Most likey I will be attempting to heat treat them, so anneling them before cutting is not out of the question, just costly with only O/A.

wierdscience
05-25-2012, 08:43 PM
Use a grinder and a zip blade to chop it in lengths,place said lengths in a piece of steel pipe along with some wood or paper and seal the ends up tight.Place said pipe in a good hot fire and cook the thing for several hours so to anneal the blades inside.The wood/paper inside uses up the remaining oxygen in the pipe so the steel doesn't scale.

You should at this point have steel soft enough to cut with a metal cutting band saw blade.Shape the blades the way you want,rough grind the bevel ,drill some rivet holes for the handle, go find a magnet a bucket of burnt motor oil,some gloves,goggles,tongs,torch and fire extinguisher and write down the number for 911.

Carefully heat the blades to dull red along the cutting edge only checking with the magnet as you go.When the edge loses magnetic attraction pick the blade up with the tongs and quench it in the oil vertically.Clean the blade up,stick it in the cook stove at 400*f for an hour or so and your almost done.Finish grind the edges,rivet on the handles and hone.:)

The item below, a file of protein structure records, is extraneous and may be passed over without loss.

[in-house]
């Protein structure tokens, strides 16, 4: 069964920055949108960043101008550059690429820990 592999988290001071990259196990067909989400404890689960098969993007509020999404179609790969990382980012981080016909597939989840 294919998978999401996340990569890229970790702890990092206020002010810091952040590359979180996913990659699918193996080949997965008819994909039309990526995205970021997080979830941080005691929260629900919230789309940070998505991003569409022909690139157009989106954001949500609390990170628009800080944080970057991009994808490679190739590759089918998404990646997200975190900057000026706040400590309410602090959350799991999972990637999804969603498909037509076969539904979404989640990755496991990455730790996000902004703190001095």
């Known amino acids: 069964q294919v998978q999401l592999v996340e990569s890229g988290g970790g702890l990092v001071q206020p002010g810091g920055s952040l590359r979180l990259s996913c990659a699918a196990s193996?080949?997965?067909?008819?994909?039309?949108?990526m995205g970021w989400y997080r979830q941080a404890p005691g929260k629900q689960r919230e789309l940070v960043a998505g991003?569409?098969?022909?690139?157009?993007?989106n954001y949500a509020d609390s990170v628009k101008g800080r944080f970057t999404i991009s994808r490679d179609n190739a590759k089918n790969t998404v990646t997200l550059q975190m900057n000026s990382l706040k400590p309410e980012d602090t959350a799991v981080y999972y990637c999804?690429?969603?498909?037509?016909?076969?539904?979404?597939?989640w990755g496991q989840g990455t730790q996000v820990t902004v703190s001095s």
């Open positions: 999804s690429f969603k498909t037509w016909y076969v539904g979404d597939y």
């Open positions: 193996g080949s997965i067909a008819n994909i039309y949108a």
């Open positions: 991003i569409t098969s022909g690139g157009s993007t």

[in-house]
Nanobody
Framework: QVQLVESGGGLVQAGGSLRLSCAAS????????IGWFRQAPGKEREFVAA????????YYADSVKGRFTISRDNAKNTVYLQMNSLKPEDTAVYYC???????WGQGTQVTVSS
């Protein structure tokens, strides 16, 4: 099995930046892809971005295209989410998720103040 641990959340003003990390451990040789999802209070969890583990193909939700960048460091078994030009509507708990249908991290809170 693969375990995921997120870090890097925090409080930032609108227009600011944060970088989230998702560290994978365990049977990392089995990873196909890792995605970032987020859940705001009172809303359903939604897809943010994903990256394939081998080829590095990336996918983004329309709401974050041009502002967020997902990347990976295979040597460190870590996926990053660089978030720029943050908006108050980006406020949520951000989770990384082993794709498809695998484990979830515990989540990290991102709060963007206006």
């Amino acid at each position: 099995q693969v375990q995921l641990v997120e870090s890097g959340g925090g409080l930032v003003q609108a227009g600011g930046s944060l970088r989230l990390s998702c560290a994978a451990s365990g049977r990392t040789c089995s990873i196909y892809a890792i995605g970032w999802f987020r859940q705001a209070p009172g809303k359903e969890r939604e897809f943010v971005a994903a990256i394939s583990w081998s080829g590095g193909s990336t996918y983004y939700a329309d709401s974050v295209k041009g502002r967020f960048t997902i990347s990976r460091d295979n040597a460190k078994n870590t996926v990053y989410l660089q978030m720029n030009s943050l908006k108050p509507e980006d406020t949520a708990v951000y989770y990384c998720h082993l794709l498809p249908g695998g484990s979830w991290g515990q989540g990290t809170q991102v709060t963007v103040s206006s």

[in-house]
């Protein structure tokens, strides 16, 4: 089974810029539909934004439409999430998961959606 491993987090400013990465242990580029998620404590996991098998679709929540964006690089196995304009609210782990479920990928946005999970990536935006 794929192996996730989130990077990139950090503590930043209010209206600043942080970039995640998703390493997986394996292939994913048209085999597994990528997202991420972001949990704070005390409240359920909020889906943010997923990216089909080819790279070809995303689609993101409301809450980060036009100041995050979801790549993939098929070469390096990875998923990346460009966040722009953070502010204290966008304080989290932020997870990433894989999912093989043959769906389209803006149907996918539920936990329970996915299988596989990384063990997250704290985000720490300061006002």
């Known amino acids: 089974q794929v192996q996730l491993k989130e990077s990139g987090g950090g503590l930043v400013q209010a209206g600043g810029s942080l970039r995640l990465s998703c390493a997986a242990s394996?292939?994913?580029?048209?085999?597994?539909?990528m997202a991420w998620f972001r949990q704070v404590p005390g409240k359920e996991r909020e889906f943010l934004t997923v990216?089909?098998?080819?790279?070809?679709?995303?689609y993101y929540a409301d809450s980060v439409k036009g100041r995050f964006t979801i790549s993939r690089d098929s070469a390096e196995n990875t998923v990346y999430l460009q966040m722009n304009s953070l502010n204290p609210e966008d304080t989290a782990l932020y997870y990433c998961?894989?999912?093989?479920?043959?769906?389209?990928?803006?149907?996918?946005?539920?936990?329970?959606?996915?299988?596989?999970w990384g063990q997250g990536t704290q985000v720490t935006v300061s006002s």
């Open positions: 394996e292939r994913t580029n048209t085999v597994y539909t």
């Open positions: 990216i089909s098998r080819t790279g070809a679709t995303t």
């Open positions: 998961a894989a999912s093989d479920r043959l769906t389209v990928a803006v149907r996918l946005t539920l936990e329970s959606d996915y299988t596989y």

Or just go find a friend with a Plasma cutter:)

Or forget the whole thing and buy some thin O-1 flat stock instead:D

Optics Curmudgeon
05-25-2012, 08:44 PM
Find a friend with a plasma cutter, bring some beer, and the job won't take long. Don't worry about a big heat affected zone, either, the grinding involved in shaping the blade will do worse.

lynnl
05-25-2012, 09:03 PM
I tried making a wood marking knife from a piece of metal cutting band saw blade. It too was about 1" wide, maybe a little more.

After grinding off the teeth and grinding a bevel edge on it (on the end), the first time I tried using it on some hardwood the edge just rolled over after two or three cuts.

I didn't anneal that. Just scored it with a file and snapped the short pieces off.

I did use a few pieces for scrapers though. They worked pretty good for that, but still didn't seem especially hard.

Black_Moons
05-25-2012, 09:05 PM
Find a friend with a plasma cutter, bring some beer, and the job won't take long. Don't worry about a big heat affected zone, either, the grinding involved in shaping the blade will do worse.